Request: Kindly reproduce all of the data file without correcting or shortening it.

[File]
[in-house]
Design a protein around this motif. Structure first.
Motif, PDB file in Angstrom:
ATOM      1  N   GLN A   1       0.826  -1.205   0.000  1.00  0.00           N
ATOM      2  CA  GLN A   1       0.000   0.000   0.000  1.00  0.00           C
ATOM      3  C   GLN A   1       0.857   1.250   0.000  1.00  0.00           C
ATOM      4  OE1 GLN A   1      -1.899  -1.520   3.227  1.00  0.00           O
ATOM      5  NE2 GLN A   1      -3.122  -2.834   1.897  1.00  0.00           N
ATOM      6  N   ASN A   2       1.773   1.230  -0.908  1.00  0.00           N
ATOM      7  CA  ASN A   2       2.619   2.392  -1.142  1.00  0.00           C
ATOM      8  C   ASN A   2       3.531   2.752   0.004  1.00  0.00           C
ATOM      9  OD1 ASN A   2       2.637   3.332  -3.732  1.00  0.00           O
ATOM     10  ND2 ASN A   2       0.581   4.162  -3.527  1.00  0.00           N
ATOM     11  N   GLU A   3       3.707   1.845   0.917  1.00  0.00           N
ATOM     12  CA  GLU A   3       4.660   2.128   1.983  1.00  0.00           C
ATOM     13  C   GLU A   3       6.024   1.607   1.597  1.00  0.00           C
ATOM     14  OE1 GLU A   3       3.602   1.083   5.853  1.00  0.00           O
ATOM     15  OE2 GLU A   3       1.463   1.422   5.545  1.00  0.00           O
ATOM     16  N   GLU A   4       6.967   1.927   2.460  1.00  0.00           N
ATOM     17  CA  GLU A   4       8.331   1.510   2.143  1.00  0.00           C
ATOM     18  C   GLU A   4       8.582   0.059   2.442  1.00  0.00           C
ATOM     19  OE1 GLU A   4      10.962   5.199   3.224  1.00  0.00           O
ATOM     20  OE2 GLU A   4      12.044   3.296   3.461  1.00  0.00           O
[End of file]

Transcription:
[in-house]
Design a protein around this motif. Structure first.
Motif, PDB file in Angstrom:
ATOM      1  N   GLN A   1       0.826  -1.205   0.000  1.00  0.00           N
ATOM      2  CA  GLN A   1       0.000   0.000   0.000  1.00  0.00           C
ATOM      3  C   GLN A   1       0.857   1.250   0.000  1.00  0.00           C
ATOM      4  OE1 GLN A   1      -1.899  -1.520   3.227  1.00  0.00           O
ATOM      5  NE2 GLN A   1      -3.122  -2.834   1.897  1.00  0.00           N
ATOM      6  N   ASN A   2       1.773   1.230  -0.908  1.00  0.00           N
ATOM      7  CA  ASN A   2       2.619   2.392  -1.142  1.00  0.00           C
ATOM      8  C   ASN A   2       3.531   2.752   0.004  1.00  0.00           C
ATOM      9  OD1 ASN A   2       2.637   3.332  -3.732  1.00  0.00           O
ATOM     10  ND2 ASN A   2       0.581   4.162  -3.527  1.00  0.00           N
ATOM     11  N   GLU A   3       3.707   1.845   0.917  1.00  0.00           N
ATOM     12  CA  GLU A   3       4.660   2.128   1.983  1.00  0.00           C
ATOM     13  C   GLU A   3       6.024   1.607   1.597  1.00  0.00           C
ATOM     14  OE1 GLU A   3       3.602   1.083   5.853  1.00  0.00           O
ATOM     15  OE2 GLU A   3       1.463   1.422   5.545  1.00  0.00           O
ATOM     16  N   GLU A   4       6.967   1.927   2.460  1.00  0.00           N
ATOM     17  CA  GLU A   4       8.331   1.510   2.143  1.00  0.00           C
ATOM     18  C   GLU A   4       8.582   0.059   2.442  1.00  0.00           C
ATOM     19  OE1 GLU A   4      10.962   5.199   3.224  1.00  0.00           O
ATOM     20  OE2 GLU A   4      12.044   3.296   3.461  1.00  0.00           O